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What Qualifies as Counterfeiting?

Counterfeiting is a term used to describe a range of unlawful activities that involve the production of forged documents. Counterfeiting is a federal crime, which means that conviction comes with harsh penalties. To ensure that you are not convicted of this, or another type of white collar crime, it is critical to speak with an experienced attorney who can help you begin formulating a strong defense.

Prohibited Conduct

Although many people associate counterfeiting with the creation of fake currency, the reality is that federal law applies to a variety of documentation, including:

  • Securities;
  • Letters patent;
  • Postage stamps;
  • Ship’s papers;
  • Military documents, including permits, passes, and discharge papers;
  • Bonds;
  • Public records;
  • Legal documents, such as deeds, powers of attorney, certificates, contracts, and receipts; and
  • Government documents.

Federal law prohibits not only the possession of these types of counterfeited documents, but also their production and use, which includes:

  • Attempting to pass off a counterfeit document as legitimate;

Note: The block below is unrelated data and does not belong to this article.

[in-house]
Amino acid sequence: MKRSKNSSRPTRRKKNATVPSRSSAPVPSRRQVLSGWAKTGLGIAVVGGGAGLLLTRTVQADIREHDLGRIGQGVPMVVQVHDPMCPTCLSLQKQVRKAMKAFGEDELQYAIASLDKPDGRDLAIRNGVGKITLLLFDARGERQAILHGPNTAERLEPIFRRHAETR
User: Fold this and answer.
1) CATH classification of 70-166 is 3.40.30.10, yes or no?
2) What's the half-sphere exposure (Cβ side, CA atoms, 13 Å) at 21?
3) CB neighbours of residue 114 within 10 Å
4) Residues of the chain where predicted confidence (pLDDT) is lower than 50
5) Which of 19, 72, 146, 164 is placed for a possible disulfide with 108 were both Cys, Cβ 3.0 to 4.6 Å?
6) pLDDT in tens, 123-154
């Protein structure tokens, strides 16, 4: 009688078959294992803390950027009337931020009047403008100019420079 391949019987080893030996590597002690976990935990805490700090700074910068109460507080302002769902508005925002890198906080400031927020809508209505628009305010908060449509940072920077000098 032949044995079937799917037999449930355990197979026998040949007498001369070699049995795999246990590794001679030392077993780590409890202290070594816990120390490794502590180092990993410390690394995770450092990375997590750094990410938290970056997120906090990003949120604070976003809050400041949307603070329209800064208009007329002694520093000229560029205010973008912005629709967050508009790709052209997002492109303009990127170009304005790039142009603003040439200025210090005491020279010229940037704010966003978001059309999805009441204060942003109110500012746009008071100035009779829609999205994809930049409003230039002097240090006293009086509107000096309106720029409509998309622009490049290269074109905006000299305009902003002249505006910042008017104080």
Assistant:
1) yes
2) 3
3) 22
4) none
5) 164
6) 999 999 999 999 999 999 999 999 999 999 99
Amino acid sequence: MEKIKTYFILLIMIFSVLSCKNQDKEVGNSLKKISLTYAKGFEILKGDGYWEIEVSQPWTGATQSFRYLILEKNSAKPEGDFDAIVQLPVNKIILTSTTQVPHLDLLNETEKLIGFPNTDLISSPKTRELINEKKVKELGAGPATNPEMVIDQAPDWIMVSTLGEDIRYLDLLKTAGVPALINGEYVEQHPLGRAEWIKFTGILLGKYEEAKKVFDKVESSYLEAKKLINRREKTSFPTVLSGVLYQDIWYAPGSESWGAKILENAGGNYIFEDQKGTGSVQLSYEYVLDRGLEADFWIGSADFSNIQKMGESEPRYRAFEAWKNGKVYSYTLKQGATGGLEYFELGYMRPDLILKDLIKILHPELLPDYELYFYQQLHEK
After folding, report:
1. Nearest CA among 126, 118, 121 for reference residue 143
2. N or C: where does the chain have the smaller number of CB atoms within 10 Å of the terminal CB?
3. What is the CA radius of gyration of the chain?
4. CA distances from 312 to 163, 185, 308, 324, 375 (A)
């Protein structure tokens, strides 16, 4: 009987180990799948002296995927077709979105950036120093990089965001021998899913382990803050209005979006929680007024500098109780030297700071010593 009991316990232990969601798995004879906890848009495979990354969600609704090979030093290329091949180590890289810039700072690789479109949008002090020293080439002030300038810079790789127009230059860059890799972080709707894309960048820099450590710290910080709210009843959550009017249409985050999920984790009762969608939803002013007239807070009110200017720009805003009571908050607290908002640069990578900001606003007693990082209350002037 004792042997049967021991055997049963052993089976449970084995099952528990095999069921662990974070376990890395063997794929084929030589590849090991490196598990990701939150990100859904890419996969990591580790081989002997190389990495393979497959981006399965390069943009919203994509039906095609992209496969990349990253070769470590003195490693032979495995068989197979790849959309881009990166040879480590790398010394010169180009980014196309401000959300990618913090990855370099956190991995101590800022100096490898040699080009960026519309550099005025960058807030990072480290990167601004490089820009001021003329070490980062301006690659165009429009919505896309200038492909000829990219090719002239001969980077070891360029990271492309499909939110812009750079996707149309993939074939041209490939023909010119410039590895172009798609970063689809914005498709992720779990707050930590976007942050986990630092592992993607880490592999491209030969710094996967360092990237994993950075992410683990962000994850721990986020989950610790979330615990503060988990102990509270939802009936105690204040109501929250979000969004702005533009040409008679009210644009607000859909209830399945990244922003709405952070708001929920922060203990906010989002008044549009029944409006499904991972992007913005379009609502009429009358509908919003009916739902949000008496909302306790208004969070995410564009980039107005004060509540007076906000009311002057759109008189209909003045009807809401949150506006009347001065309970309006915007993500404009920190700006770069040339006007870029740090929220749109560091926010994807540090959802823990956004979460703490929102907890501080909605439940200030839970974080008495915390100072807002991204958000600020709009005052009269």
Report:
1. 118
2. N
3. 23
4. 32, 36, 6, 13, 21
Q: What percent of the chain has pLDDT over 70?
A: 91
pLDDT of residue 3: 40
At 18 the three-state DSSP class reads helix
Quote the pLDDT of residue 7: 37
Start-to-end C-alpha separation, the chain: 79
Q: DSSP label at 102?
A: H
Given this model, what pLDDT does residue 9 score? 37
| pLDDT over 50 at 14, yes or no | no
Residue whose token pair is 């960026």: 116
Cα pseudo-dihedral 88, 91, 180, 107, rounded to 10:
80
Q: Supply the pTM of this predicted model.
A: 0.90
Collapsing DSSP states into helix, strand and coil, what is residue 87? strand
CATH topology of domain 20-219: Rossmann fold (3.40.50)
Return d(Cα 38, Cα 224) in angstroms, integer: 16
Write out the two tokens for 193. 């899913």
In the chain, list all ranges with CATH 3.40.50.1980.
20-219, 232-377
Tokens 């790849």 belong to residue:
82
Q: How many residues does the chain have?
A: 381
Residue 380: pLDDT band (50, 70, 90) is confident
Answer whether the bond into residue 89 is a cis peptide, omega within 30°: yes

• Possessing tools used to produce counterfeit documents;
  • Pasting together or combining parts of bills, notes, or other instruments to create a fraudulent document;
  • Selling counterfeiting equipment or tools; and
  • Making, possessing, or selling counterfeit money substitutes.

Many counterfeiting prosecutions include separate charges for each action associated with a counterfeit document, even if there was only one.

International Counterfeiting Charges

Even those who commit one of these offenses outside of the U.S. can be convicted under federal counterfeiting law if they:

  • Make, deal in, or possess any counterfeit U.S. contract, debt, or other security; or
  • Make, possess, or deal in any digital, electronic, or analog image, or other object that is used to counterfeit a U.S. security or contract.

As long as the act would constitute a violation of federal law if it had been committed within the U.S., a defendant can be punished for actions taken outside of the country. Penalties for a counterfeiting conviction depend on the specific item that was allegedly counterfeited. For instance, counterfeiting U.S. securities comes with a fine of up to $250,000 and 25 years in prison. Issuing false securities, on the other hand, is punishable by a maximum 20 year prison sentence, while those who are convicted of forging postage stamps could face up to five years in prison. Penalties are also enhanced in cases where the crime resulted in financial gain for the defendant or when another party suffered a financial loss.

Call Today to Schedule a Free Consultation with a Dedicated White Collar Crime Lawyer

Counterfeiting is a serious offense, punishable by significant jail time and hefty fines, so if you have been charged with counterfeiting, you need the advice of an attorney in Miami. For a free evaluation of your case, please contact Jeffrey S. Weiner, P.A., Criminal Defense Attorneys at (305) 670-9919 today. A member of our legal team is standing by to address your white collar crime-related questions and concerns.

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